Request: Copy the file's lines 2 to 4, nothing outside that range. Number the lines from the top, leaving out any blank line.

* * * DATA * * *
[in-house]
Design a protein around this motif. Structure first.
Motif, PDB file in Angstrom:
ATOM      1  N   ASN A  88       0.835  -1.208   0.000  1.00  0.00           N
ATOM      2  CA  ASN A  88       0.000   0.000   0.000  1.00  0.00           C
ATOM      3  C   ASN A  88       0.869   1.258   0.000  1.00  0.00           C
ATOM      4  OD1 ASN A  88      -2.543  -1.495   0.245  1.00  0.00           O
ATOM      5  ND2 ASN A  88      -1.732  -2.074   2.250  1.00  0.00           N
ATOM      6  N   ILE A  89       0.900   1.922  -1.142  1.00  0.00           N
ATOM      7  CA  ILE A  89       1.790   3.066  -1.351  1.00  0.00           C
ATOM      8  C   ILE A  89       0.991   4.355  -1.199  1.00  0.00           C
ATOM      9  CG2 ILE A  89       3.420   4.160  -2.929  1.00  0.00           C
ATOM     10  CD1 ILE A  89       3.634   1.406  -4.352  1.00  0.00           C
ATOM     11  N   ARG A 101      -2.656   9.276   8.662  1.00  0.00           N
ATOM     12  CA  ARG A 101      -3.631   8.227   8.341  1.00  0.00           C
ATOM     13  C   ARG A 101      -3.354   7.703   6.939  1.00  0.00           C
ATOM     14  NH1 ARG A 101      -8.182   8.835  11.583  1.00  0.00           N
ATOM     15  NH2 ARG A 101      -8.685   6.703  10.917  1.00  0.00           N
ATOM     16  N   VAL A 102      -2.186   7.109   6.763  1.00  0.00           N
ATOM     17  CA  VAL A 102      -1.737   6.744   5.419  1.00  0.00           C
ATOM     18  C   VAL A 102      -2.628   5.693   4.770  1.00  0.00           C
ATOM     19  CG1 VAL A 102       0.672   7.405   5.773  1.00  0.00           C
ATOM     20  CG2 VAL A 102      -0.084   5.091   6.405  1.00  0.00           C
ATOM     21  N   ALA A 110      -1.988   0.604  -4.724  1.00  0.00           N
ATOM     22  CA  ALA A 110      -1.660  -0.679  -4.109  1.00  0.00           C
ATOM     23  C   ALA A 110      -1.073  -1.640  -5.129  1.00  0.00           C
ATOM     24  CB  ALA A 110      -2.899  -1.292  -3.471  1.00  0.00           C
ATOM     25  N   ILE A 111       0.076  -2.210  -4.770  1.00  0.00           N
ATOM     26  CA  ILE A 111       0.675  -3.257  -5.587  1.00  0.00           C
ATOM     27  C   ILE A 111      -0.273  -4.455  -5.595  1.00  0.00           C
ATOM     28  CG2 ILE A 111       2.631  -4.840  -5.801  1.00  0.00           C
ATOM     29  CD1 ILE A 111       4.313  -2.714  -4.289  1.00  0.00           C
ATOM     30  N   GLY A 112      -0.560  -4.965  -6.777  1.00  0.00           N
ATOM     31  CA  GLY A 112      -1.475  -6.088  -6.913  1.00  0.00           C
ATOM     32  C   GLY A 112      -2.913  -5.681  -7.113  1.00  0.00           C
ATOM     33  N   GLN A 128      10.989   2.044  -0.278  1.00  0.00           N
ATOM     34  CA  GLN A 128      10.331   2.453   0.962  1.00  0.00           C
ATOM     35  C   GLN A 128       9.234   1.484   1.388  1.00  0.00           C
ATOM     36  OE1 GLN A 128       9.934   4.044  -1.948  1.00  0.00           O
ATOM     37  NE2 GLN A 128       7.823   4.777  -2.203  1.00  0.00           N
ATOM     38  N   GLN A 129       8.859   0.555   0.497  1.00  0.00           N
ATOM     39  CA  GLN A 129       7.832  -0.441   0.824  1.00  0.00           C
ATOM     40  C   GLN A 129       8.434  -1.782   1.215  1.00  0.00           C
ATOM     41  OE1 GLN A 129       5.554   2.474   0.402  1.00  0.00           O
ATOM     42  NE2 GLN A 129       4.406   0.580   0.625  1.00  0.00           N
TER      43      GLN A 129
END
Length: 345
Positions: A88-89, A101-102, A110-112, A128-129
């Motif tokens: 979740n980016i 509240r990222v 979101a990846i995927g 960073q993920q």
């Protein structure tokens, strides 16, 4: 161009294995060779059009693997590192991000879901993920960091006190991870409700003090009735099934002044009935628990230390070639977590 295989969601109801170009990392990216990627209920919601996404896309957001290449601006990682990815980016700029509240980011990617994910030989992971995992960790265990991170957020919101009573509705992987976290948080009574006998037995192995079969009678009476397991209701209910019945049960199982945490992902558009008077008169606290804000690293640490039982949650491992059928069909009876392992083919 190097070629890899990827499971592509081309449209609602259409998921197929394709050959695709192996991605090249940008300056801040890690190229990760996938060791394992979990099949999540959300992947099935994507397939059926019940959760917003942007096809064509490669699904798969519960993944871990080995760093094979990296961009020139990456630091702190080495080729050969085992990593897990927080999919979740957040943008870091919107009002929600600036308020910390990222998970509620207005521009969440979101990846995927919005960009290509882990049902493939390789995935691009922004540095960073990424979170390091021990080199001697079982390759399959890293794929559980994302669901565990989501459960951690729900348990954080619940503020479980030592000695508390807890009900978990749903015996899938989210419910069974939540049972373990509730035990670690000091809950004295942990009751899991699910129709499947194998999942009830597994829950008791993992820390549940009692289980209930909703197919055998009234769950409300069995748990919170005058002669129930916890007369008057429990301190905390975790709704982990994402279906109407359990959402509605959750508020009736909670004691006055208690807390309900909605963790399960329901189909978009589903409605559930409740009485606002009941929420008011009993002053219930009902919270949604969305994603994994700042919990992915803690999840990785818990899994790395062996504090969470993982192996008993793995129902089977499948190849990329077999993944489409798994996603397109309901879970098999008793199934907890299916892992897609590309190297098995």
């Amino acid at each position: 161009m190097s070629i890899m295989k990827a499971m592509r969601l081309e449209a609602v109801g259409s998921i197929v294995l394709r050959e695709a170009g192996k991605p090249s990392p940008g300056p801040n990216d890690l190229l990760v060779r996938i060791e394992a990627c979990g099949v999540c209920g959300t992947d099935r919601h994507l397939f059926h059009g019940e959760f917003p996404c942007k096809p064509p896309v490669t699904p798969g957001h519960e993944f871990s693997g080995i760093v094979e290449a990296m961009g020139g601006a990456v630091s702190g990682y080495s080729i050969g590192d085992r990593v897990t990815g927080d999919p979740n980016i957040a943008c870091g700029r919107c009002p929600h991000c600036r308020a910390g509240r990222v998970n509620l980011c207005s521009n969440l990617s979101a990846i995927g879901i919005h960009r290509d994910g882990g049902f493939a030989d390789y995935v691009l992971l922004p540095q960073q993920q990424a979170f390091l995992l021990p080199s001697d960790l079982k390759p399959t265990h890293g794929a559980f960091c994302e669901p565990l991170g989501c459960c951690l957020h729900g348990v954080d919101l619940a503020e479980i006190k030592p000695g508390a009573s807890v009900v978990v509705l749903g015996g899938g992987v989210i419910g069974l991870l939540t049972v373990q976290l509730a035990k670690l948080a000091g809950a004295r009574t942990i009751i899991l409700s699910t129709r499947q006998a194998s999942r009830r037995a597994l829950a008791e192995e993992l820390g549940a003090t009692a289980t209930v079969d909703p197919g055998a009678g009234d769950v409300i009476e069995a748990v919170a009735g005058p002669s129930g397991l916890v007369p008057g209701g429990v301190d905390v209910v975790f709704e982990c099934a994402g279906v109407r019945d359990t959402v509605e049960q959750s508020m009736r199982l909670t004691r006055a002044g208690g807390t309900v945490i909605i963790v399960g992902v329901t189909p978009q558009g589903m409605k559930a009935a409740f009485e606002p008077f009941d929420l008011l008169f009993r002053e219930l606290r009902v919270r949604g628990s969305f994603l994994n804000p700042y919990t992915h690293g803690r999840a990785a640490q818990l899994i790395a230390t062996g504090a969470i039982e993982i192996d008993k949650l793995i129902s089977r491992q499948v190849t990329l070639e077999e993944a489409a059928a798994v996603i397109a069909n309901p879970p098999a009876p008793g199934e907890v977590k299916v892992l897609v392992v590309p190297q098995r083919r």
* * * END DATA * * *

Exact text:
Design a protein around this motif. Structure first.
Motif, PDB file in Angstrom:
ATOM      1  N   ASN A  88       0.835  -1.208   0.000  1.00  0.00           N